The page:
The grainy black-and-white photo shows the aftermath of a violent encounter: a group of onlookers, many of them African-American, stand around the body of a black man lying on the pavement beside a fire hydrant.
Next to the man is a defiant-looking 21-year-old, a military veteran in a flat cap, squatting with his elbows on his knees. He is the dead man's son.
The photo was taken 70 years ago, in late February 1948, at the end of a fatal confrontation between Gretna policeman Alvin Bladsacker and 44-year-old Royal Cyril Brooks, a local workman, over a nickel.
A few minutes before his death, Brooks had been waiting to board a bus at the Gretna ferry terminal. A white woman in front of him in line paid her nickel fare but then realized she had boarded the wrong bus. She asked for her nickel back, but the bus driver refused. Brooks, waiting behind the woman, offered to ride on her fare and handed the woman his nickel.
For reasons that remain unclear, this infuriated the driver, who kicked Brooks off the bus and called over Bladsacker, who was directing traffic nearby. After some sort of altercation, Bladsacker fired two rounds into Brooks' stomach, fatally wounding him, according to an account at the time in The Louisiana Weekly, an African-American newspaper.
Weekly photographer Marion Porter snapped the photo of the crowd gathered around Brooks' lifeless body.
Largely because of the photo and the ensuing publicity, Bladsacker was indicted and eventually tried for manslaughter. He was acquitted after a brief jury deliberation, according to British historian Alvin Fairclough's book "Race and Democracy: The Civil Rights Struggle in Louisiana, 1915-1972."
Brooks' grandson, Roy, wasn't born until eight years later, but he grew up in the shadow of the incident.
"I used to see that guy when I would go down to the terminal," he said, referring to Bladsacker. "It was really difficult."
Roy Brooks and his relatives may get some sense of closure this weekend, when a commemoration ceremony is held at Mount Pilgrim Baptist Church in Harvey. Gretna Mayor Belinda Constant will speak, and Parish President Mike Yenni is sending a representative. Several descendants of Royal Brooks will attend as well, including several from Wisconsin.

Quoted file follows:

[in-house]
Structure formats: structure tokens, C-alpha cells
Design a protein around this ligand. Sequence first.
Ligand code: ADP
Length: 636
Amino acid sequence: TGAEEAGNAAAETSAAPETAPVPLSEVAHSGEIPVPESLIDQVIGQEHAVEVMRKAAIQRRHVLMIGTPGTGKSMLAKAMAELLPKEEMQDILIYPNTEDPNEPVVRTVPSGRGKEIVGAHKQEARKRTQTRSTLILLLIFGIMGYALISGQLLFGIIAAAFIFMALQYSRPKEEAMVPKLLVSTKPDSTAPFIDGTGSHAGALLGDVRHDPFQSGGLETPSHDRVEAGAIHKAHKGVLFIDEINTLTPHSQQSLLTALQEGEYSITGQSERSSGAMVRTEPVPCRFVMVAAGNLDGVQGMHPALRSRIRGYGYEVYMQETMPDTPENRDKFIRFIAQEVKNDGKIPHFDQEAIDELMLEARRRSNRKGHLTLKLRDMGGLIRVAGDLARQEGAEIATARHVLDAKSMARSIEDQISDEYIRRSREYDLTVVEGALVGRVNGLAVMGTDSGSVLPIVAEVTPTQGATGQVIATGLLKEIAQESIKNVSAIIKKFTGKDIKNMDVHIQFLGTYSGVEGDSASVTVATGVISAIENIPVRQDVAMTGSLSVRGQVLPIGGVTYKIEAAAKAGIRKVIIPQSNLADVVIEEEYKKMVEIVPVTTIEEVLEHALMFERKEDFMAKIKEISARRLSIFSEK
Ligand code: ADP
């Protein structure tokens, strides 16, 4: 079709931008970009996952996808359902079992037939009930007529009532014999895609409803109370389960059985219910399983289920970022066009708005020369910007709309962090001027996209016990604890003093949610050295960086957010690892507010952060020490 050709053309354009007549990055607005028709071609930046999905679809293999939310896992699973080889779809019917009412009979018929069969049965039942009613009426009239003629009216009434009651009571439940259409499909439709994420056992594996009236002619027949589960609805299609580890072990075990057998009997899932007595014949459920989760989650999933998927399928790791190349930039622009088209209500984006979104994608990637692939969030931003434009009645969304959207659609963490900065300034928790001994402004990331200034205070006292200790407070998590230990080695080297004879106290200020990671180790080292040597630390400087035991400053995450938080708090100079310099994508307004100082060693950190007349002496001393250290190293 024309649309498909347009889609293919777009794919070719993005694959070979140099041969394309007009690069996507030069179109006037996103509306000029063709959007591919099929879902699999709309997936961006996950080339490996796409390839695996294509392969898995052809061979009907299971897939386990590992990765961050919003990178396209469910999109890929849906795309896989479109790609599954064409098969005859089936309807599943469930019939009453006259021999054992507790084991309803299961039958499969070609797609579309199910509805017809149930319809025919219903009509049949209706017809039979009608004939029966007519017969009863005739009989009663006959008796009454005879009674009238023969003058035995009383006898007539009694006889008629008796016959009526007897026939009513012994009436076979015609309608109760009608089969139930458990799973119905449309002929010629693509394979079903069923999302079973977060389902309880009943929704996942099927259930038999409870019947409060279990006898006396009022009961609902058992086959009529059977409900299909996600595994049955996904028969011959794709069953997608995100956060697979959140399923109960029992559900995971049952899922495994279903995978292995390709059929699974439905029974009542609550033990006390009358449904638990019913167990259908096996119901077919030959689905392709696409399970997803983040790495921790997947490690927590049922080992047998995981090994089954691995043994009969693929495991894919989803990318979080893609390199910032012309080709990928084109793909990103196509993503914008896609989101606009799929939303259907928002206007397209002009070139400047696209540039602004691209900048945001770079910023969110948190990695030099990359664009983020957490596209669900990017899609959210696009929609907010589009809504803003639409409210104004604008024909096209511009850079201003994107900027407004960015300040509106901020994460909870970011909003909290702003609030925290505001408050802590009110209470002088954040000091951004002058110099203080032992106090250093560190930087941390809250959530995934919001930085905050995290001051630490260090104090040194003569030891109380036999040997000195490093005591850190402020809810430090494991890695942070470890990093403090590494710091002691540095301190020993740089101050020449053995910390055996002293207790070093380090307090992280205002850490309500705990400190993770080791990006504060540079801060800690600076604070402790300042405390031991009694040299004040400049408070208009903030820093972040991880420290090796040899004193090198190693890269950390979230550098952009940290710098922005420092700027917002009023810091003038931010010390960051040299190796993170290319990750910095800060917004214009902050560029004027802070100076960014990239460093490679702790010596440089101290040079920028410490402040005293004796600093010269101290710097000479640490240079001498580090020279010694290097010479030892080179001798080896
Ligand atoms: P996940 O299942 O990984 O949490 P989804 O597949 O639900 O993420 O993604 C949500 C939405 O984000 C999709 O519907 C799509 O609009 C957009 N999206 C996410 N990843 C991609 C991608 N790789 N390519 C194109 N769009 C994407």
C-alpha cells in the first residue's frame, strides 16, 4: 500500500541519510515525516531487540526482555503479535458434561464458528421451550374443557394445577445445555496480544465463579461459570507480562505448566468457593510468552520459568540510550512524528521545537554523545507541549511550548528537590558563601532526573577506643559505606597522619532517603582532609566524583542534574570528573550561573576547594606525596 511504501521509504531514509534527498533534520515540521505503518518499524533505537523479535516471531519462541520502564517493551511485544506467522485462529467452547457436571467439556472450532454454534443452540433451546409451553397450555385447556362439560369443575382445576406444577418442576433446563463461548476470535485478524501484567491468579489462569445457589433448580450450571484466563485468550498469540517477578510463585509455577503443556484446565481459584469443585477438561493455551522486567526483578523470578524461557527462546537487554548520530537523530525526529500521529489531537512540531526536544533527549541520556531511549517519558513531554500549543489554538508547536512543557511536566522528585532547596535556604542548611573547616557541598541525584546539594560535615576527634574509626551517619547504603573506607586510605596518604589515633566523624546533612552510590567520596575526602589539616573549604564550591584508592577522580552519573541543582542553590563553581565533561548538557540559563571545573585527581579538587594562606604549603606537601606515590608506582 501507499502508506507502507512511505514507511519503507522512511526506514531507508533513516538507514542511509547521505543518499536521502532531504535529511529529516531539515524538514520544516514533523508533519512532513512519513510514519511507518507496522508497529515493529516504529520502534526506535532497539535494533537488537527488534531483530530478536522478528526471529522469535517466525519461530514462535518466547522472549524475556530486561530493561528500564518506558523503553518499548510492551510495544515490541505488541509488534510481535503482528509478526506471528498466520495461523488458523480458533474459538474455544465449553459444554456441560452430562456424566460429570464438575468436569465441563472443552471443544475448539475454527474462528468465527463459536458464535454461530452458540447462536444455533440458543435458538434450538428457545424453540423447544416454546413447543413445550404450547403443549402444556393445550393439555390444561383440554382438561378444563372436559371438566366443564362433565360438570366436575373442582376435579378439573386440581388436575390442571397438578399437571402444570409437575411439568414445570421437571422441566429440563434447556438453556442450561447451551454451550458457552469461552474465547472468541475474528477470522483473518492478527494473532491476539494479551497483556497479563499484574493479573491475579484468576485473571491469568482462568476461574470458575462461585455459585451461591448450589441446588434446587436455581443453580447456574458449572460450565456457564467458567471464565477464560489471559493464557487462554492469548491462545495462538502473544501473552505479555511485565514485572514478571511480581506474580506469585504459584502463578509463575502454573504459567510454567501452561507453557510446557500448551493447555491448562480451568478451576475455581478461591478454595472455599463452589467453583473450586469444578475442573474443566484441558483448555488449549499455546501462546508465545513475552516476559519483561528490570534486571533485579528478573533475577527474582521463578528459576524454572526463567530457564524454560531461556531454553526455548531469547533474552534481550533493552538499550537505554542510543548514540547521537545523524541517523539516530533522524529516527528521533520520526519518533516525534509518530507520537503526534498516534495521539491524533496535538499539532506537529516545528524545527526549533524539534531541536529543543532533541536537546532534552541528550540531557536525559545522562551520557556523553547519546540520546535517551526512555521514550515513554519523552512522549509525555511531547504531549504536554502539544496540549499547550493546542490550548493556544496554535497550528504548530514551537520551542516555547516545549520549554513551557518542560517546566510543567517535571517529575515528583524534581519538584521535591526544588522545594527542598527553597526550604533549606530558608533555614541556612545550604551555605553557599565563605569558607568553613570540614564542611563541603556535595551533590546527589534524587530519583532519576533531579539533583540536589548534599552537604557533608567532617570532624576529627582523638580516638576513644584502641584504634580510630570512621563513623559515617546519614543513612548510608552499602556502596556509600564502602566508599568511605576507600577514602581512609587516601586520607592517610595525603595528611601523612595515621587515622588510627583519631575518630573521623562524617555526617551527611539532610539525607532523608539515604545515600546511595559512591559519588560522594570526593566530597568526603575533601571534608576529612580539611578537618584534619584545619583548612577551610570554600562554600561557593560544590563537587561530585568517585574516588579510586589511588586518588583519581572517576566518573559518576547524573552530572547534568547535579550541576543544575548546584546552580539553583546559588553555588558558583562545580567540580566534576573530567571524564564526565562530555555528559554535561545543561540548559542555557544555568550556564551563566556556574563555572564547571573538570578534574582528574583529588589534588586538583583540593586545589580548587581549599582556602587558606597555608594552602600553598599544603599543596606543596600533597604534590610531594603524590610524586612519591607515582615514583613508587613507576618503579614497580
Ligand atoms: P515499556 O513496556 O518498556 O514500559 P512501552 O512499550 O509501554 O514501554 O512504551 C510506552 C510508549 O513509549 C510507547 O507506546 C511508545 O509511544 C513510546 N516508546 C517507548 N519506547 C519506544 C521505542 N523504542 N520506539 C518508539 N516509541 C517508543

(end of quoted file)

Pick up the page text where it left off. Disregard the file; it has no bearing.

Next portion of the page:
Ira Melita Brooks, Roy's sister, is looking forward to the ceremony. "It's really an honor," she said. "He left a great legacy."
The commemoration is the outgrowth of an effort by the Civil Rights & Restorative Justice Project at Northeastern University's School of Law, which is aimed at investigating "the role of state, local and federal law enforcement agencies and courts in protecting activists and their work."
Kaylie Simon, an attorney with the project, said the case never would have drawn attention except for its mention in Fairclough's book. A law student was assigned the case and began piecing the full story together using public records, Simon said.
Brooks' death did have an impact. The publicity that followed, which led to Bladsacker's indictment, prompted the formation of the Louisiana branch of the Civil Rights Congress, a civil rights legal group based in New York.
The commemoration aims to celebrate that development, but also to remember Brooks himself, a snappy dresser and regular churchgoer who worked the gate at the "colored" section at local minor-league baseball games, his grandson said.
"He was a guy that got along with everyone," he said.
Royal Brooks' wife died in childbirth, Ira Melita Brooks said, leaving him to raise his children on his own. "He took care of his family," she said.
Other details about her grandfather's life are scant, she said. Her father, the young man in the Louisiana Weekly's picture, was deeply scarred by the incident: His father died in his arms.
"He didn't speak about it at all because it really hurt him," she said.
Constant, Gretna's mayor, is preparing a proclamation for the event. "I'm sorry they had to endure such injustices," she said.
Gretna is a better place today, she said. "I'm grateful for change and that we live in a time where our focus is on inclusiveness and a community that treats all people equally," she said.
The Gretna Police Department won't be represented at the commemoration. Chief Arthur Lawson said he had not heard of the event and couldn't comment on what happened 70 years ago.
Roy and Ira Melita Brooks said that while some things have gotten better, the city is not perfect.
"There's progress being made, but we still have a ways to go," Ira Melita Brooks said.
Roy Brooks said he still worries when he drives or walks the streets of Gretna late at night.
"Gretna's at a standstill," he said. "I don't feel it's welcoming for me."
But both Roy and Ira said they resist feeling angry, choosing instead to focus on what they've learned about their grandfather.
"Now we know the whole story and we feel as if we know our grandfather," Ira Melita Brooks said. "He was a man of integrity. He was killed while doing the right thing."